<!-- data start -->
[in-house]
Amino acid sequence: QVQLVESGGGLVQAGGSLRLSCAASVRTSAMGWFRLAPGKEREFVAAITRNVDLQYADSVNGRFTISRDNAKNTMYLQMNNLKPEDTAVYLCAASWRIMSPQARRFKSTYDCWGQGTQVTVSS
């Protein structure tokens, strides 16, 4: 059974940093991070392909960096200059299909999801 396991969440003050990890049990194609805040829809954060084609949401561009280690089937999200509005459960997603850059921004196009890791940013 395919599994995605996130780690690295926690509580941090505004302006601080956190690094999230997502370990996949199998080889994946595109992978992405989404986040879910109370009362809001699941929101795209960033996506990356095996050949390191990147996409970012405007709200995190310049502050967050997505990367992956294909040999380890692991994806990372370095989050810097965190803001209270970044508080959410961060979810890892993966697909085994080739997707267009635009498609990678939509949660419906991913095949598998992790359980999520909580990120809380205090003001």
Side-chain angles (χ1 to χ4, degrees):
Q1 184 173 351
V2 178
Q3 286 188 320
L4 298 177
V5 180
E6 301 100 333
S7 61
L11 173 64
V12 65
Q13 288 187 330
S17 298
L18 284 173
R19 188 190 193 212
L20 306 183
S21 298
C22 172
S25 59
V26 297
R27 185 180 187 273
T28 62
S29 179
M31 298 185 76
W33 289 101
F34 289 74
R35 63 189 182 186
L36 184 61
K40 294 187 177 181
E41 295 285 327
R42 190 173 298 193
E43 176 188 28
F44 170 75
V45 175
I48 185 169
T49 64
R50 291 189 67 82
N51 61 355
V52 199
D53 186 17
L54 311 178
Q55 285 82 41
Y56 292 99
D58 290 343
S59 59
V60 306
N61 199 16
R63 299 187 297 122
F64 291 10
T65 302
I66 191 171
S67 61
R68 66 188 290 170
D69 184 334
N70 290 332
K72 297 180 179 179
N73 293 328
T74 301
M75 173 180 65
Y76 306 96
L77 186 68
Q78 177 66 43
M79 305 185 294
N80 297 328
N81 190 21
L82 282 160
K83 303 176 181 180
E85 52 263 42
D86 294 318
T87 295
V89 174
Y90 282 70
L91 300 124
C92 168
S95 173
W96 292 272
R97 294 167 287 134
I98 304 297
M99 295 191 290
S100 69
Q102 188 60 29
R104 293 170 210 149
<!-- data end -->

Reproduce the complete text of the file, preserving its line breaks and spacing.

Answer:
[in-house]
Amino acid sequence: QVQLVESGGGLVQAGGSLRLSCAASVRTSAMGWFRLAPGKEREFVAAITRNVDLQYADSVNGRFTISRDNAKNTMYLQMNNLKPEDTAVYLCAASWRIMSPQARRFKSTYDCWGQGTQVTVSS
């Protein structure tokens, strides 16, 4: 059974940093991070392909960096200059299909999801 396991969440003050990890049990194609805040829809954060084609949401561009280690089937999200509005459960997603850059921004196009890791940013 395919599994995605996130780690690295926690509580941090505004302006601080956190690094999230997502370990996949199998080889994946595109992978992405989404986040879910109370009362809001699941929101795209960033996506990356095996050949390191990147996409970012405007709200995190310049502050967050997505990367992956294909040999380890692991994806990372370095989050810097965190803001209270970044508080959410961060979810890892993966697909085994080739997707267009635009498609990678939509949660419906991913095949598998992790359980999520909580990120809380205090003001």
Side-chain angles (χ1 to χ4, degrees):
Q1 184 173 351
V2 178
Q3 286 188 320
L4 298 177
V5 180
E6 301 100 333
S7 61
L11 173 64
V12 65
Q13 288 187 330
S17 298
L18 284 173
R19 188 190 193 212
L20 306 183
S21 298
C22 172
S25 59
V26 297
R27 185 180 187 273
T28 62
S29 179
M31 298 185 76
W33 289 101
F34 289 74
R35 63 189 182 186
L36 184 61
K40 294 187 177 181
E41 295 285 327
R42 190 173 298 193
E43 176 188 28
F44 170 75
V45 175
I48 185 169
T49 64
R50 291 189 67 82
N51 61 355
V52 199
D53 186 17
L54 311 178
Q55 285 82 41
Y56 292 99
D58 290 343
S59 59
V60 306
N61 199 16
R63 299 187 297 122
F64 291 10
T65 302
I66 191 171
S67 61
R68 66 188 290 170
D69 184 334
N70 290 332
K72 297 180 179 179
N73 293 328
T74 301
M75 173 180 65
Y76 306 96
L77 186 68
Q78 177 66 43
M79 305 185 294
N80 297 328
N81 190 21
L82 282 160
K83 303 176 181 180
E85 52 263 42
D86 294 318
T87 295
V89 174
Y90 282 70
L91 300 124
C92 168
S95 173
W96 292 272
R97 294 167 287 134
I98 304 297
M99 295 191 290
S100 69
Q102 188 60 29
R104 293 170 210 149